Let me make this clear: Christine Shannon has no problem telling junkies to fuck off during the day, and then praying the rosary while watching The Tonight Show. A woman who taught me almost everything ladylike that I know, also taught me what it means to be the matriarch, the one with the power. She has a song from the 1940s for almost every occasion, she plays the lottery like most people eat dinner, trips to the casino are a non-negotiable part of her life, her cats are most likely in her will, and God help your soul if you interfere with her weekly hair appointments.
So when she squeezed my hand and said, “I’m scared. I don’t want to die in a hospital,” while struggling to bypass the nasogastric tube, I had no words.
The Tuesday after St. Patrick’s Day, she found herself in the emergency room, in need of surgery to remove a giant kidney stone. Though I would never want this medical issue, I think we can all agree this is a pretty routine procedure. She didn’t take to the anesthesia too well, and had to be put on a ventilator, which was traumatic and scared all of us [her family]. A day later, my grandma was rushed in for surgery again, because scans revealed some sort of blockage in her digestive system. A perforation was found, and part of her colon had to be removed. She came out with a massive open incision, a colostomy bag, and was once again on a ventilator. As she began the arduous task of recovering, and her lung function became a concern, it was clear that the issues with her digestive system were far from over. She was brought in for a third surgery in a three-week period. This time the surgeon said he had to remove most of her small intestine and that she would most likely not recover.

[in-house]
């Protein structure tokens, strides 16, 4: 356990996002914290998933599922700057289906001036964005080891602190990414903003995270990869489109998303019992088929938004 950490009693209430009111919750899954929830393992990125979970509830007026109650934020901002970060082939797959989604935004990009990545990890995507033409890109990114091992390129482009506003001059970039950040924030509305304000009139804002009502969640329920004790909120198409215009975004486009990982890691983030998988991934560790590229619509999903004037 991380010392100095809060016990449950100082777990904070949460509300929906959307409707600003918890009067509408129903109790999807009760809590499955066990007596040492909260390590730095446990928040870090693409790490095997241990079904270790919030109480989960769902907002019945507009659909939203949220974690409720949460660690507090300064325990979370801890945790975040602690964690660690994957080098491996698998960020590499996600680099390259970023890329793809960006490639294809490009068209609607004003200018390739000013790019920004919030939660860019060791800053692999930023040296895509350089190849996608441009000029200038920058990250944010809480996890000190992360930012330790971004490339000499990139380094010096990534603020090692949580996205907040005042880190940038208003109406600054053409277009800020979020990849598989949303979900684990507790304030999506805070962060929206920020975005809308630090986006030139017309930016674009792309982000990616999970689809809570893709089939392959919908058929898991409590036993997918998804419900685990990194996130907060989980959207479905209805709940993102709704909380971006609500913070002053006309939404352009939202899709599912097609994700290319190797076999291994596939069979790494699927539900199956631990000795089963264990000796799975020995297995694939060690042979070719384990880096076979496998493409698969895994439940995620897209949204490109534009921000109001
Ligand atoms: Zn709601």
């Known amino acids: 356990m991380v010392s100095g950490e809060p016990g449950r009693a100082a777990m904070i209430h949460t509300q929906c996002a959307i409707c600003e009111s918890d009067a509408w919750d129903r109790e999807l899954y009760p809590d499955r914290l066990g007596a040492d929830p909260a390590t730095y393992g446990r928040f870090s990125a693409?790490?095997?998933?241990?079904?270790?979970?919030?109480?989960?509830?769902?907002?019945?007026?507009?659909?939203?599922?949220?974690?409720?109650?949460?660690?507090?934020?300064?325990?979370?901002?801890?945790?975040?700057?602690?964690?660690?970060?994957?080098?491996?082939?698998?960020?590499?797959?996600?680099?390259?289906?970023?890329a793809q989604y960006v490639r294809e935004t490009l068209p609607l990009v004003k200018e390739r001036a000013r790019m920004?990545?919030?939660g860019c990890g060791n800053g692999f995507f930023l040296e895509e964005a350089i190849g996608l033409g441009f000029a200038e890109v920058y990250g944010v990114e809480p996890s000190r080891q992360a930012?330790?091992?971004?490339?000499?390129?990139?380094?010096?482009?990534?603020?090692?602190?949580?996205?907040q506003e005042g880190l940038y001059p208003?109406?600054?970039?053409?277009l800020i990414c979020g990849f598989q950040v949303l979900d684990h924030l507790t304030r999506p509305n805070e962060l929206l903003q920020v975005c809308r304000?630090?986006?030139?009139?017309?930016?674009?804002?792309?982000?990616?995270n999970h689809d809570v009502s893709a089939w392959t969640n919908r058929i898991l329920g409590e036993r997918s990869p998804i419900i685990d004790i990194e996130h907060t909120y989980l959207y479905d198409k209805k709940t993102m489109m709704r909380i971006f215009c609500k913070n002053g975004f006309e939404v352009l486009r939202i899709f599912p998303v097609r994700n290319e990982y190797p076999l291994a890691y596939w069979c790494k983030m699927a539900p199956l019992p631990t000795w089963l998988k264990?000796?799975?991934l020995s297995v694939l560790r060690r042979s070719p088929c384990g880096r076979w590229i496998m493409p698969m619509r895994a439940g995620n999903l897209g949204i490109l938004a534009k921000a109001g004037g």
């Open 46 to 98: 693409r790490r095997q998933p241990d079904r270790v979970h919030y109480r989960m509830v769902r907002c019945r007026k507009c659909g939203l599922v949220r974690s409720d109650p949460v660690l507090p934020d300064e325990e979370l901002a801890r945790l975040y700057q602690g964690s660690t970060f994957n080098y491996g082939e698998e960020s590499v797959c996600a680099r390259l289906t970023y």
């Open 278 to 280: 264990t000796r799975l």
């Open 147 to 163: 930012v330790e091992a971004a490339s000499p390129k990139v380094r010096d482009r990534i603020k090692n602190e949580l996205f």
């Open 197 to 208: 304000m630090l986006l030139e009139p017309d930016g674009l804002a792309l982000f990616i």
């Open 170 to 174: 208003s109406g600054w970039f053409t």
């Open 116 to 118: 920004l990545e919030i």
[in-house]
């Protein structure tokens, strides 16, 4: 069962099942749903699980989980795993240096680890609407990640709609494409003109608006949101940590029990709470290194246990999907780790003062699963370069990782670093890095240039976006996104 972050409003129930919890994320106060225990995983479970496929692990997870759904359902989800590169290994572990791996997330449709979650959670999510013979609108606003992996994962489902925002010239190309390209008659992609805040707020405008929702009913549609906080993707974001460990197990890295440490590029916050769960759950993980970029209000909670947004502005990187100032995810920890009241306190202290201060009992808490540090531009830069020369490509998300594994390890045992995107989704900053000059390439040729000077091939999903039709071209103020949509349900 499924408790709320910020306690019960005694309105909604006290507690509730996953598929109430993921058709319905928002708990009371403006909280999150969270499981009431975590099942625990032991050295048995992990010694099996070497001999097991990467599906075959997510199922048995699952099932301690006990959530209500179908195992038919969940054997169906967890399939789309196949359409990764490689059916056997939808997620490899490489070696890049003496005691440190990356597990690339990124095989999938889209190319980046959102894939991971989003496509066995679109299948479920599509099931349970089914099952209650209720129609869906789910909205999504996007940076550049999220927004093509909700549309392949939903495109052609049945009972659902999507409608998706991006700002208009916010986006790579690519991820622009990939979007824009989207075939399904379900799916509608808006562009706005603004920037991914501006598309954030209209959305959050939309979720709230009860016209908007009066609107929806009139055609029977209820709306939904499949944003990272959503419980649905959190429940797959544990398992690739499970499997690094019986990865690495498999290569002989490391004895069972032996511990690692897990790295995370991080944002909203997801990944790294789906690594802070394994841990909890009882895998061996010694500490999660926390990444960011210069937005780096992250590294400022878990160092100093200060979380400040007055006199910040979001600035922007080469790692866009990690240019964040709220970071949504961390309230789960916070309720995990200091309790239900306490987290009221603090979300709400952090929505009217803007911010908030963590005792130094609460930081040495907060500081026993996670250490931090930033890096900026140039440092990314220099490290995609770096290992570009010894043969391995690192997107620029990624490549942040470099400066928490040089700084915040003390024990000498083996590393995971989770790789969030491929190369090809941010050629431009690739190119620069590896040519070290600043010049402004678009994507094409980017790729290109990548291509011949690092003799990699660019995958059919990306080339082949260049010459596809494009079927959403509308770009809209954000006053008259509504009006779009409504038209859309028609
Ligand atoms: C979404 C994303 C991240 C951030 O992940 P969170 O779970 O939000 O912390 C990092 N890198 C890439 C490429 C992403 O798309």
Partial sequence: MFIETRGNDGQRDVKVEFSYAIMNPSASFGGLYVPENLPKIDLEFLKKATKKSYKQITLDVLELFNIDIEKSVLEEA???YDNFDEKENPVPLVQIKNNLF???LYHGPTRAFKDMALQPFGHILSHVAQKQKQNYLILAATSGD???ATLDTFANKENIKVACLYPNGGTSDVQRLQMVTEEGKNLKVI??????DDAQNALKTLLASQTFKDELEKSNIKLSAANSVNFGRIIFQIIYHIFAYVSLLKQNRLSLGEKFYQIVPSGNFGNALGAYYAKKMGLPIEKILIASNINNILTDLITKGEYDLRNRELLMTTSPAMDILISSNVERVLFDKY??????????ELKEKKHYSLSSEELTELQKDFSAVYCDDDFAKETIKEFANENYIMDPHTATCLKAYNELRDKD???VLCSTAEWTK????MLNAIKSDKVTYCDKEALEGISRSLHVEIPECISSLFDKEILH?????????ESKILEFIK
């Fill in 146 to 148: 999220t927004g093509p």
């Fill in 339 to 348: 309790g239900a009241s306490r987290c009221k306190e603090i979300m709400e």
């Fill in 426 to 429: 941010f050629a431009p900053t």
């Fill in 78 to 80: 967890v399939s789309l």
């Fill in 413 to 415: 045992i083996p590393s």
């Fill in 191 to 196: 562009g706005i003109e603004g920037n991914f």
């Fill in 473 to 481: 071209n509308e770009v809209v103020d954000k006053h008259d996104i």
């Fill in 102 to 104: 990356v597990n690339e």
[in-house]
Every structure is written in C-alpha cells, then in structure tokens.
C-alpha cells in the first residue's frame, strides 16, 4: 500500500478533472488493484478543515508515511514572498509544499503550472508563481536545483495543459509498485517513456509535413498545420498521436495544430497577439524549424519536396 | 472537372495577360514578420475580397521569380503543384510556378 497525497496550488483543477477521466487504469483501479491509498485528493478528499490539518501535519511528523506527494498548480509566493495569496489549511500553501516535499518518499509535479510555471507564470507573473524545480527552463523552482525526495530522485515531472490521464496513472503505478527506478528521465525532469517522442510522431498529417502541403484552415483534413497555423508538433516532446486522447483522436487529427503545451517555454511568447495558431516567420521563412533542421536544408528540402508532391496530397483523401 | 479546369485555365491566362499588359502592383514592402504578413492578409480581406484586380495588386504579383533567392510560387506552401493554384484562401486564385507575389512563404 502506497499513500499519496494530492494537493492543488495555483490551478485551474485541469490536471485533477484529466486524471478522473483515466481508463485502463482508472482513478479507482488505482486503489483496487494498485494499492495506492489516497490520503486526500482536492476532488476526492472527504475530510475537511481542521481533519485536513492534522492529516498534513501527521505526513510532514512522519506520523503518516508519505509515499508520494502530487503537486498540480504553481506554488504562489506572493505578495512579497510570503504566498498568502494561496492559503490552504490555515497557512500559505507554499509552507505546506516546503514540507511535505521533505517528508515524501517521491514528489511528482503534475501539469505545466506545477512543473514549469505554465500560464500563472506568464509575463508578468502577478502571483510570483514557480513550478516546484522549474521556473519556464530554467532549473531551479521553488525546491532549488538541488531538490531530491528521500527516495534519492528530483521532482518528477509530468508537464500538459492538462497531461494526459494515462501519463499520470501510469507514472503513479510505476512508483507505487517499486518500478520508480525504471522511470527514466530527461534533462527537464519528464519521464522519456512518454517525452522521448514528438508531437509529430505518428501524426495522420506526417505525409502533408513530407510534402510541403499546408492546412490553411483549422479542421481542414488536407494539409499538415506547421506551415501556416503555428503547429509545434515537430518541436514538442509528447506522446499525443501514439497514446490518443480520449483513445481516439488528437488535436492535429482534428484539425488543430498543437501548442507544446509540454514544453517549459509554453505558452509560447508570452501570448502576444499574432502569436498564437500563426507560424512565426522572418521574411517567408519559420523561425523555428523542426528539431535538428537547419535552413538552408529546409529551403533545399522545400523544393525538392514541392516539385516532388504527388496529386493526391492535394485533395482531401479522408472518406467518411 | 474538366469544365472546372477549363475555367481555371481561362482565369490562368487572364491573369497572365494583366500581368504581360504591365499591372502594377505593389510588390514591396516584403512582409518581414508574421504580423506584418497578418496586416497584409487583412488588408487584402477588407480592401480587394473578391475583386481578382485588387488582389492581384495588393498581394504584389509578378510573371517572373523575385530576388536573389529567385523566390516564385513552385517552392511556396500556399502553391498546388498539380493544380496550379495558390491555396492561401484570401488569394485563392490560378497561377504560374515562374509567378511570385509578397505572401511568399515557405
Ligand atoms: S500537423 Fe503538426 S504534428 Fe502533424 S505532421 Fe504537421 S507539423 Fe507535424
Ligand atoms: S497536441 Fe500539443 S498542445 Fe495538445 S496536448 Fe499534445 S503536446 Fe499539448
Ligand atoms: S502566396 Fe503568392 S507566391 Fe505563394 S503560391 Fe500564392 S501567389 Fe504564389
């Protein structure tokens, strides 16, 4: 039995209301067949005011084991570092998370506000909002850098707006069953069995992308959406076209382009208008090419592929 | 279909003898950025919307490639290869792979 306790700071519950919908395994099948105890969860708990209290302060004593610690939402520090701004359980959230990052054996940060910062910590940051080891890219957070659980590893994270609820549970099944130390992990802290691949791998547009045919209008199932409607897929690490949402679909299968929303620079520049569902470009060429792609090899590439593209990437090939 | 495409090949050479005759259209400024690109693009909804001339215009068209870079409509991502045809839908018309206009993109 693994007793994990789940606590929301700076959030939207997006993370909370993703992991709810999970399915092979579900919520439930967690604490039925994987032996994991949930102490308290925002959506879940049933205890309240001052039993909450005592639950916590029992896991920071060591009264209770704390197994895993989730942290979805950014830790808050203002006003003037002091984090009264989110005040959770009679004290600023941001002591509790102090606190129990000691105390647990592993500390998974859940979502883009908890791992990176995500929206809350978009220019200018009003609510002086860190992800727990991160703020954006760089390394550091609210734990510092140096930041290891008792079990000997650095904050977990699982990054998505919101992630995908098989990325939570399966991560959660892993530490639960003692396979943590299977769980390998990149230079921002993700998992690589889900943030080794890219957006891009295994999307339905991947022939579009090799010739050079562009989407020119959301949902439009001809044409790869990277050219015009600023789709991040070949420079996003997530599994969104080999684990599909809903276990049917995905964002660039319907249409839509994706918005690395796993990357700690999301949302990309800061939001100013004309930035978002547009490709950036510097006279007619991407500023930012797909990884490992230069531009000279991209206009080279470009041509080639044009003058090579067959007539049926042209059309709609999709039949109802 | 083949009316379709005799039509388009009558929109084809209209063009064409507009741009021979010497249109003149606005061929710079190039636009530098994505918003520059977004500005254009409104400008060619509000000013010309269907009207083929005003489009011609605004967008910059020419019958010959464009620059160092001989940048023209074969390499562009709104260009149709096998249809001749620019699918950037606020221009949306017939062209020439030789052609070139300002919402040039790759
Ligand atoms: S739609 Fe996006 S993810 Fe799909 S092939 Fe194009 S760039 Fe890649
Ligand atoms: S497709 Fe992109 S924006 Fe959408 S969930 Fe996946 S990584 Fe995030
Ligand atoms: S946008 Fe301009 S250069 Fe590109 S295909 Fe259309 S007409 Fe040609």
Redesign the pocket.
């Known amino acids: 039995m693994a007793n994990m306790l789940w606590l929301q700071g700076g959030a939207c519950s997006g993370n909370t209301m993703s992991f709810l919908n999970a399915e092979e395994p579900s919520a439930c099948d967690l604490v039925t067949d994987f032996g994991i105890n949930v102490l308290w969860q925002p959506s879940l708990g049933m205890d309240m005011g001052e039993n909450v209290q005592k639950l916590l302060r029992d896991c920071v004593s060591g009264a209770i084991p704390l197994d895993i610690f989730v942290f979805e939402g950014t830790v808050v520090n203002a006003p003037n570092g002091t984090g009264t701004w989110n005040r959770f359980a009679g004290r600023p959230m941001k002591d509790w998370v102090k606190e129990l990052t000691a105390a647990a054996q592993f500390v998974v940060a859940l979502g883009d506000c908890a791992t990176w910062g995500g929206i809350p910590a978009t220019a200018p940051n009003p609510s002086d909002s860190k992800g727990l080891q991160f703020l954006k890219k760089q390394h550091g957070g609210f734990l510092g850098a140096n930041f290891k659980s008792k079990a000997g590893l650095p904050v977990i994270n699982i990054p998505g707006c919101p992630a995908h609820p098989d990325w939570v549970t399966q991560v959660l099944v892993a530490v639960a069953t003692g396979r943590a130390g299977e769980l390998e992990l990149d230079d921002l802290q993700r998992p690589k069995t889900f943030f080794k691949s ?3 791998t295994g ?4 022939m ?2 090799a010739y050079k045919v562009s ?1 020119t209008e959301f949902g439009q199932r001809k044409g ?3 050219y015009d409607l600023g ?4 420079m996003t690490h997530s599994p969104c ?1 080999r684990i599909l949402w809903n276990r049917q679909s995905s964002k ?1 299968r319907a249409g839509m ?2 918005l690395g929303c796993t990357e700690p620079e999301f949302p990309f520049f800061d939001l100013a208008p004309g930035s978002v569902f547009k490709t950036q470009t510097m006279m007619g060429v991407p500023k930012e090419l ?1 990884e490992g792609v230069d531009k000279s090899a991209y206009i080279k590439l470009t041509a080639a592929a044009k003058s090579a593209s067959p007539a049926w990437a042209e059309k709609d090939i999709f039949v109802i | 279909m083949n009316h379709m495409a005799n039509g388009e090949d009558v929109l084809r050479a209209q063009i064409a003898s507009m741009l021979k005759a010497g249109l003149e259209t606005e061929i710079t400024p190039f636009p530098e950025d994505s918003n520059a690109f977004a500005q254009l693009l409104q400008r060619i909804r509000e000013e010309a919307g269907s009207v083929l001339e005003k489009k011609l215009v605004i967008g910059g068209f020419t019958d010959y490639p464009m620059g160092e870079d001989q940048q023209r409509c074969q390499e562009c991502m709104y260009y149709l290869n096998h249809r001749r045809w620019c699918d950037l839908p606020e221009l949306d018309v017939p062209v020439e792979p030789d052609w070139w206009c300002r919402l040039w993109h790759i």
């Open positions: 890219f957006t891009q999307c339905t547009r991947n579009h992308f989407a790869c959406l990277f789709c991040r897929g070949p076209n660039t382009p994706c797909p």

I’m sorry: she went in because of a kidney stone and will not be going home?
There is no denying that my grandmother is an overweight, 85-year-old diabetic with a diet of processed foods, who gets no exercise. As a nation, we’re told these things will kill us, but we civilians don’t really have a visual of how it happens. Apparently, it happens painfully and without much notice. My family watched my grandfather’s slow battle with bladder, lung and then brain cancer, and have seen many others go in a similar fashion. Though I suppose no one wants to suffer a slow death, there is a preparation that can take place, by all parties, for one’s passing. My grandmother was healthy last month. Senility wasn’t even an issue, as I would rather have a conversation with her than most other human beings. I told her everything.
With the impending loss of my grandmother, cat food commercials are bringing tears to my eyes. And I cannot get Autumn Leaves out of my head (a song she told me reminded her of my grandfather and their October wedding anniversary).
Now, we wait.